On the relation between structural diversity and geographical distance among languages: Observations and computer simulations
Abstract Modern linguistic typology is increasingly less concerned with what is possible in human languages (universals) and increasingly more with the question “what's where why?” (Bickel 2007).
Toward a Mechanistic Understanding of Linguistic Diversity
TLDR
It is suggested that future analyses should account for interactions among causal factors, the lack of spatial and phylogenetic independence of the data, and transitory patterns, and future modeling approaches should also evaluate how the outcomes of these processes are influenced by demography, environmental heterogeneity, and time.
...
...

References

SHOWING 1-10 OF 38 REFERENCES
Clocking the First Americans
The antiquity of the first Americans is one of the most controversial issues in American archaeology, and it must be resolved to understand fully the adaptive radiation of Homo sapiens into the New
Before Babel: Speculations on the Origins of Linguistic Diversity
  • C. Renfrew
  • Linguistics
    Cambridge Archaeological Journal
  • 1991
Recent research in historical linguistics suggests that groups or ‘families’ of languages may be classed together into larger language units or ‘macrofamilies’, for which some community of origin has
A latitudinal gradient in the density of human languages in North America
  • R. MaceM. Pagel
  • Environmental Science
    Proceedings of the Royal Society of London. Series B: Biological Sciences
  • 1995
The number of different species found in a given area of the Earth increases from the poles towards the equator for a wide range of terrestrial and marine organisms. A similar but opposite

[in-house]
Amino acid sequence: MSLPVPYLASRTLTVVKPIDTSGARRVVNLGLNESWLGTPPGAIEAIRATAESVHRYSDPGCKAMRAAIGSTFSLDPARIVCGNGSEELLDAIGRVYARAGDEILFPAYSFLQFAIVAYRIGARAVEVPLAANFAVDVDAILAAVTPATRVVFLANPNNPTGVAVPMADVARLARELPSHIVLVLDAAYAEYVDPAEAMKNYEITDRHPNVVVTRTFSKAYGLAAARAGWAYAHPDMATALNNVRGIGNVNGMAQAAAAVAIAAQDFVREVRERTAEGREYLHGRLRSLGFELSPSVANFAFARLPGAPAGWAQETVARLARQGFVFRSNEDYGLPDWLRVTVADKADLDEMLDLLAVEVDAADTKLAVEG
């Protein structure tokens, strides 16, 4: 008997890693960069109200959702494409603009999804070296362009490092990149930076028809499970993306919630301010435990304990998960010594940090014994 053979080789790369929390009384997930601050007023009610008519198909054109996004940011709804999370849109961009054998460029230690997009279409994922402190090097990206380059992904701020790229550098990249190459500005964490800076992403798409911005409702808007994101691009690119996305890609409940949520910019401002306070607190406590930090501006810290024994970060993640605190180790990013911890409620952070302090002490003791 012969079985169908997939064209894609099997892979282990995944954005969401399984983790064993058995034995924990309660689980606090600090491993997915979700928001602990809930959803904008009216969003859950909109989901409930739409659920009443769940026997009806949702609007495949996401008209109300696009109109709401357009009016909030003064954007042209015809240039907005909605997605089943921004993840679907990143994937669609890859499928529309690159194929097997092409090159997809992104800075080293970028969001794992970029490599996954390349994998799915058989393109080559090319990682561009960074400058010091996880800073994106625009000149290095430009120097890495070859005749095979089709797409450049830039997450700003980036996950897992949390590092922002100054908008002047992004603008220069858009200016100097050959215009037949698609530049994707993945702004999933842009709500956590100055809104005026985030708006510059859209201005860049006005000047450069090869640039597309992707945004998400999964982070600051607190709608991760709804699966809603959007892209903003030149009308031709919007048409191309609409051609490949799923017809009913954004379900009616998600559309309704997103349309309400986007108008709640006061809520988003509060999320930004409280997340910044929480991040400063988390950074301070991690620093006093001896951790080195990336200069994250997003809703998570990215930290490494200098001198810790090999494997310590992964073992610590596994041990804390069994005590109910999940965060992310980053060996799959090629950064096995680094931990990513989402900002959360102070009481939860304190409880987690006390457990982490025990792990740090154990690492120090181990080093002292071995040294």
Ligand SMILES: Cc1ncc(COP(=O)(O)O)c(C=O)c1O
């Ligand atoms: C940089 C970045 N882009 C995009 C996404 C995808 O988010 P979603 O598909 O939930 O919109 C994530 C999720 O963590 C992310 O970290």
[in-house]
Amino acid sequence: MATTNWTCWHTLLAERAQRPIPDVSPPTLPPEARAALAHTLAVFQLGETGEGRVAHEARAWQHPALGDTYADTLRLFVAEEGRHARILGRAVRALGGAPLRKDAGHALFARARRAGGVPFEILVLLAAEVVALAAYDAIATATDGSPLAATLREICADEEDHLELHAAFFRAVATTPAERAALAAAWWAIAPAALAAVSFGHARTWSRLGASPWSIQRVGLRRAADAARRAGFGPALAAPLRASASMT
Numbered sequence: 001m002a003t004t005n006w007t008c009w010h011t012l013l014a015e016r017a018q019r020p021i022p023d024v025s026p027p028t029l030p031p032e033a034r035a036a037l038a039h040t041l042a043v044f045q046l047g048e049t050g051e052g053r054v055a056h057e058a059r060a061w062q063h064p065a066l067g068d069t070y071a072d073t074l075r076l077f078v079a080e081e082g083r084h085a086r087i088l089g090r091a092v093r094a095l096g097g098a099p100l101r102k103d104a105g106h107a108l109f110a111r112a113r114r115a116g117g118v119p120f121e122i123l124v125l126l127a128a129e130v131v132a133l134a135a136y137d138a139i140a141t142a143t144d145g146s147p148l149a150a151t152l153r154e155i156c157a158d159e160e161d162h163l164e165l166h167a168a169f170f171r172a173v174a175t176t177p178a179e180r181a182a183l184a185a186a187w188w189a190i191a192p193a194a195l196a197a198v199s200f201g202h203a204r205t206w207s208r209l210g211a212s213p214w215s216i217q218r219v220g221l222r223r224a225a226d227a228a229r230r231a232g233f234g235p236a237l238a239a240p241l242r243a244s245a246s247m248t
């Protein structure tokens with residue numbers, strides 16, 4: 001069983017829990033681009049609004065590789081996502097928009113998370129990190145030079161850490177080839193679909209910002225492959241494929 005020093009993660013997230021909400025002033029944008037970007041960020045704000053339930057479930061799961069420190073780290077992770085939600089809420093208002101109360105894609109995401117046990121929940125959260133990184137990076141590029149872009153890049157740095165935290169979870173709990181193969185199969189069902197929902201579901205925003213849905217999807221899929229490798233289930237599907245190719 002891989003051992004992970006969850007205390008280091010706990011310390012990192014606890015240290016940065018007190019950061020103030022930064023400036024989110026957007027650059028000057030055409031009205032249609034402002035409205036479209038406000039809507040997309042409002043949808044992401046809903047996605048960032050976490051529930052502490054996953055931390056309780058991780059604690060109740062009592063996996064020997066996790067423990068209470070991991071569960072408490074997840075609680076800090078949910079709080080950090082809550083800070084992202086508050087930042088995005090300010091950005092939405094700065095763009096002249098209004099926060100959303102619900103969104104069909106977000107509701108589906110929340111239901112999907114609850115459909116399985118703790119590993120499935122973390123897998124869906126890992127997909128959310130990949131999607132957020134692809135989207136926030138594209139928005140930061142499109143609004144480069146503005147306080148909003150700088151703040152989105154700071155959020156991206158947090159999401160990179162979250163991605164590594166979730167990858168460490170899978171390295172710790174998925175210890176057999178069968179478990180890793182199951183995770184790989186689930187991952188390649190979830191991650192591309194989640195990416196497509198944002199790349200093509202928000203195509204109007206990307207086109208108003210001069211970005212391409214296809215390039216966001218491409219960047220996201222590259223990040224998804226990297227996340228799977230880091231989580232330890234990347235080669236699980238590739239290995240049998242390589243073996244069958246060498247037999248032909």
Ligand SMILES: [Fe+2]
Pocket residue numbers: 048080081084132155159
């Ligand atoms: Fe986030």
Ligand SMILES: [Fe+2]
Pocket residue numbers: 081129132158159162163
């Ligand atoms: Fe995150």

Earliest hunters and gatherers of South America
Traditional syntheses of the archaeology of the late Pleistocene period in South America have focused primarily on the peopling of the continent by North American cultural groups and on identifying
Extensive mitochondrial diversity within a single Amerindian tribe.
TLDR
Data do not support the concept of a dramatic founder effect during the peopling of the Americas and suggest that a single Amerindian tribe can contain such extensive molecular diversity, it is unnecessary to presume that substantial genetic bottlenecks occurred during the formation of contemporary ethnic groups.
Asian affinities and continental radiation of the four founding Native American mtDNAs.
TLDR
Observations suggest that the process of tribalization began early in the history of the Amerinds, with relatively little intertribal genetic exchange occurring subsequently.
mtDNA analysis of a prehistoric Oneota population: implications for the peopling of the New World.
TLDR
Haplogroup and hypervariable region I sequence data indicate that the lineages from haplogroups A, B, C, and D are the most common among Native Americans but that they were not the only lineages brought into the New World from Asia.
Mother Tongues Trace Steps of Earliest Americans
AAAS MEETINGWhile archaeologists are still trying to determine when the ancestors of the first inhabitants of South America first set foot in North America, a linguist has estimated from known rates
The Colonization of Beringia and the Peopling of the New World
TLDR
The discovery of a Paleoindian complex in central Alaska, combined with the recent redating of the Bering Land Bridge and key archeological sites, suggests that Beringia was settled during the final Pleistocene interstadial.
The rise and fall of languages
This book puts forward a different approach to language change, the punctuated equilibrium model. This is based on the premise that during most of the 100,000 or more years that humans have had
...
...